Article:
Gerald Levy (email@example.com)
Thu, 14 Oct 1999 13:26:52 -0400 (EDT)
---------- Forwarded message ----------
Date: Thu, 14 Oct 1999 19:15:50 +0100
From: Jurriaan Bendien <firstname.lastname@example.org>
>To be frank, a theory of capitalism which doesn't have an integrated
>analysis of the state, foreign trade, and the world market is at best a
>*quasi-theory*. In other words, it is stunning in regards to its
I cannot but agree with that view, but I am grateful for some of the
attempts that have already been made in that area.
>Indeed, a *systematic* dialectical presentation of the subject of
>bourgeois society *requires* that one incorporate these subjects at a
>lower level of abstraction which are non-contingently necessary for the
>reproduction of capitalism.
I kind of see what you mean here, but I have difficulty with your schema
for abstraction. In the first place I don't think one can derive state
forms from the "logic of capital" as the state derivationists tried to do.
Secondly, I think the state has always been necessary for the (expanded)
reproduction of capitalism from its very origins. Real capitalism is
unthinkable without the role of the state. Real capitalism didn't get off
the ground without imperialism.
>Oddly, despite all of the authors that you do mention, you didn't mention
>Reuten (Gerrt)/ Williams (Mike W). Yet, their book is the only book that I
>have seen to date that attempts to develop a theory which systematically
>develops and integrates an analysis of the value-form with an analysis of
>the state form.
To my shame, I have to say I haven't read it yet, but it's on the list.
>This is the major reason for the popularity of underconsumptionist and
>disproportionality theories of crisis by the Bolsheviks and the
>German-Austrian Social Democrats (and I think this tradition, btw, heavily
>influenced Mandel's multi-causal interpretation of crisis theory).
I am not sure if I agree with you there, but I see what you mean.
Personally I am still convinced that the analysis of any real crisis
requires a multi-causal approach, or, as Marx himself suggests, that the
crisis is the expression of all the contradictions of capitalism combined.
You can certainly show, as Shaikh and others do, that there is a falling
trend in the rate of profit over a period of time. But, firstly, to explain
this trend requires I think more than reference to just the organic
composition of capital. Furthermore, showing a falling trend in
profitability does not explain why the crisis erupts at any specific point
in time, or why it deepens, or is more or less quickly overcome. To explain
this, I think much more needs to be integrated into the analysis. Lastly,
and here I am maybe heretical, I believe that in fact the specific overall
level of profitability captured by the rate of return is not so important
for the reproduction of capitalist relations as such in the long run, as
long as (1) the rate stays positive, (2) the working classes shut up and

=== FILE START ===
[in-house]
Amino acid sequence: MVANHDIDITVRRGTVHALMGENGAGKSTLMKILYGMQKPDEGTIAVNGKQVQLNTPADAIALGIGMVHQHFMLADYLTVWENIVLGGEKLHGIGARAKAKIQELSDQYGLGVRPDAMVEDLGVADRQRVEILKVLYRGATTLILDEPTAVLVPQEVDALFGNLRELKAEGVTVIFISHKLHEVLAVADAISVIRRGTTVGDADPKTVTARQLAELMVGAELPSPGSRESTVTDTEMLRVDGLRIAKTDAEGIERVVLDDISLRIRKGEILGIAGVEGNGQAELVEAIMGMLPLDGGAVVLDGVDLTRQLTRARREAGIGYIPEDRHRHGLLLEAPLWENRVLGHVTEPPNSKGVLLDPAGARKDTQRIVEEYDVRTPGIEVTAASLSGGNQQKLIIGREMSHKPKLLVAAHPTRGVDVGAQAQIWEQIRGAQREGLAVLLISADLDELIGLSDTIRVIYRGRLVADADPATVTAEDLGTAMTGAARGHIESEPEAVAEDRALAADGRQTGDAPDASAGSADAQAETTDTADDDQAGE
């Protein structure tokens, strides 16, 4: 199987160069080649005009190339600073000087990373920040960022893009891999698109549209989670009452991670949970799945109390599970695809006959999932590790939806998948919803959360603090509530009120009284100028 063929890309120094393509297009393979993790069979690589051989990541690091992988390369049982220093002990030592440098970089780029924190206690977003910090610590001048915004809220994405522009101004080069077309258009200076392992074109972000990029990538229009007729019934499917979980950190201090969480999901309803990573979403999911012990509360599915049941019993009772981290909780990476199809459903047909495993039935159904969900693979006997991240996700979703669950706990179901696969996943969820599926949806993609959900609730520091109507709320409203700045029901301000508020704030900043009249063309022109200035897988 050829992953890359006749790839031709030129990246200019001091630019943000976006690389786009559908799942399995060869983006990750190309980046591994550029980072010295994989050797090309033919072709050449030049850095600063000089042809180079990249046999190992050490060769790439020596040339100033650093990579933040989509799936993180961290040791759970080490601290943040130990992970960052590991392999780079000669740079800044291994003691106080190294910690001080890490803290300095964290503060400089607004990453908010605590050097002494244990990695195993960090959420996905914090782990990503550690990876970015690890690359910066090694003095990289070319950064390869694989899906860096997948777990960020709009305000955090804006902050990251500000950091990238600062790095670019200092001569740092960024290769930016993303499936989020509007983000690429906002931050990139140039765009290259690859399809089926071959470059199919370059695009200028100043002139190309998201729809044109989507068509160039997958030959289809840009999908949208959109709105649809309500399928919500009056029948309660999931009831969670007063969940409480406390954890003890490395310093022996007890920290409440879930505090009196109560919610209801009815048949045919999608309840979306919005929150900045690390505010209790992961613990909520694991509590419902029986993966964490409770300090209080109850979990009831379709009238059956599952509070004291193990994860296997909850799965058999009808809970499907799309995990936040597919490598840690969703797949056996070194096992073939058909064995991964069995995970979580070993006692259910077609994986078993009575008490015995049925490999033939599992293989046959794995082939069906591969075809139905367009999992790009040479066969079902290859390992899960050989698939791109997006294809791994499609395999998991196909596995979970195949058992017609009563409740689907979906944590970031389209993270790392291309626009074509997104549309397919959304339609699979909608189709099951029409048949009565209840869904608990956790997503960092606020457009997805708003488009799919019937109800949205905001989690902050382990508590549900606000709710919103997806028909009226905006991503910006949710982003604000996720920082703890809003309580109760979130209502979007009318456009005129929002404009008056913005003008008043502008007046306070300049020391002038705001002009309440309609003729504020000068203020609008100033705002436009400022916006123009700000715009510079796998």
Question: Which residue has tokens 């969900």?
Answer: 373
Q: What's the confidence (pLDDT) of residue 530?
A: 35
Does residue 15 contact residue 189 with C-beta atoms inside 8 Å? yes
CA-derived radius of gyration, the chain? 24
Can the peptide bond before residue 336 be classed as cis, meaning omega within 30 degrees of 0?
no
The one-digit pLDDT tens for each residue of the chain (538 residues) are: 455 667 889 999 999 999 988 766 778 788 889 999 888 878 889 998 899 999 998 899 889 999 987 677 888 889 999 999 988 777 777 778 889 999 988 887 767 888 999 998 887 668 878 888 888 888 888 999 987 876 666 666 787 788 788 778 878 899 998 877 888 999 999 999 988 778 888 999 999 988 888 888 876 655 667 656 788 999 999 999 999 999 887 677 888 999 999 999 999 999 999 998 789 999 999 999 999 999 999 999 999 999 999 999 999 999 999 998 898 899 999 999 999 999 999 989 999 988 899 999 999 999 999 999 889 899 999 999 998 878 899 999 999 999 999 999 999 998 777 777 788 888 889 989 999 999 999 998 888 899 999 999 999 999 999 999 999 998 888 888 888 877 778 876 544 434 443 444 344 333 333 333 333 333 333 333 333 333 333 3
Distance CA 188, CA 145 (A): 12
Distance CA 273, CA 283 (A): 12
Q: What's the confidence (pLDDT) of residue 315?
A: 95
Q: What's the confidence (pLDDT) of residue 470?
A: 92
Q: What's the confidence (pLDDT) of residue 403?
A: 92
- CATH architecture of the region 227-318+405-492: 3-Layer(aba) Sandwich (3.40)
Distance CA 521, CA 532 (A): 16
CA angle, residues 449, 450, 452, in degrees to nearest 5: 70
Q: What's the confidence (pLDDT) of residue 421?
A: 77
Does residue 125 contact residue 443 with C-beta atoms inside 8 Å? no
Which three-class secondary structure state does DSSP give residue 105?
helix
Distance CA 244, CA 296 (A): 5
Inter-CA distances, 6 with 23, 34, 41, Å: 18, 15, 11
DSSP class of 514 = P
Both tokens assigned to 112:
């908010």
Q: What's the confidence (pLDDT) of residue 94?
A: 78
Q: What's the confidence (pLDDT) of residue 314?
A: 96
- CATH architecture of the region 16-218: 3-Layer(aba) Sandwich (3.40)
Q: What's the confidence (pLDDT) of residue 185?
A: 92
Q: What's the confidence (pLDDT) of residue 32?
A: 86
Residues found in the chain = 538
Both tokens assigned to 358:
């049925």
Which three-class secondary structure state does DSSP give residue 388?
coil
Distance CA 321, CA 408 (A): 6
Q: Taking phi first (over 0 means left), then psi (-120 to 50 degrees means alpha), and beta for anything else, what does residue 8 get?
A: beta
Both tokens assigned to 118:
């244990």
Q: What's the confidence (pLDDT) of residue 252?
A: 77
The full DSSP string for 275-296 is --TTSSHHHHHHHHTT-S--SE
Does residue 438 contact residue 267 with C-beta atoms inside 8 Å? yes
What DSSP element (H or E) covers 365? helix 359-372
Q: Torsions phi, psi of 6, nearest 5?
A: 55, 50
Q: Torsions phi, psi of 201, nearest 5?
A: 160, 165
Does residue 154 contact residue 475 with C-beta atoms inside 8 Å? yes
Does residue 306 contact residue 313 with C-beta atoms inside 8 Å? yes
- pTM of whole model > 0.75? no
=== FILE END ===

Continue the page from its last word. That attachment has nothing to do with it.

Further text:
work, (3) sufficient social mechanisms exist for integrating people
(however barbarically) into society.
>More broadly, there has been a tendency by many Marxists up to the present
>day to treat _Capital_ as if it were a finished work. Perhaps one reason
is that it is much *easier* to simply take whatever Marx had to write about
capitalism as the "last word" (or close to the last word if one includes an
analysis of imperialism) on theory. Then we don't have to do the *hard
work* ourselves of thinking *for ourselves* >rather than passively
interpreting what Marx wrote.
I personally never met any serious Marxist who thought Capital was a
finished work. But I detect a certain ambiguity in what you say. If Marx
did not have the last word, why then should we necessarily try to finish
his book for him and be bound by his narrative ? Why couldn't we write our
own book, using our own approach, while learning from Marx's ideas ? I
think it is an admirable project to want to finish Marx's book, but also a
bit odd, because now we are at the end of the 20th century and Marx has
been dead more than a hundred years, during which time a lot of changes
have occurred in the very functioning of the capitalist mode of production.
So it seems to be that the "integrated theory" you desire has to go beyond
Marx from the very start.
>There has been much discussion since the 1970's (especially in comparison
>to the doldrums of the 1950's), but I would not discount so quickly the
>rich debates among Marxists in the late 19th and early 20th centuries
>(e.g. theoretical debates in German-Austrian Social Democracy).
I don't think I'm discounting them, or that I have said something that
discounts them; I have studied a number of them in the past.
>those debates took place among (mostly professional) revolutionaries in
>mass working-class parties whereas the debates among Marxists from the
>1970's forward have primarily been among academic Marxists divorced from
>mass political movements of the working class.
I wouldn't agree with that completely. The concept of "professional
revolutionary" as such was by and large Lenin's invention and implemented
by him. Many of the classical debates involved scholars (certainly as far
as Holland was concerned !). Just about all the key theoretical innovations
from the 1970s are associated with intellectuals who had ties to political
organisations aiming to act in the interest of the working class (and the
Yet, from the perspective of
>developing a *theory* of the state then one must separate out what is
>contingent from what is systematically required for the reproduction of
What I tried to suggest is that "what is systematically required" is also
historically contingent if you take the longer view. But I will try to show
you what this means when I write up my theory. And goodness me that will
take me ages to do !
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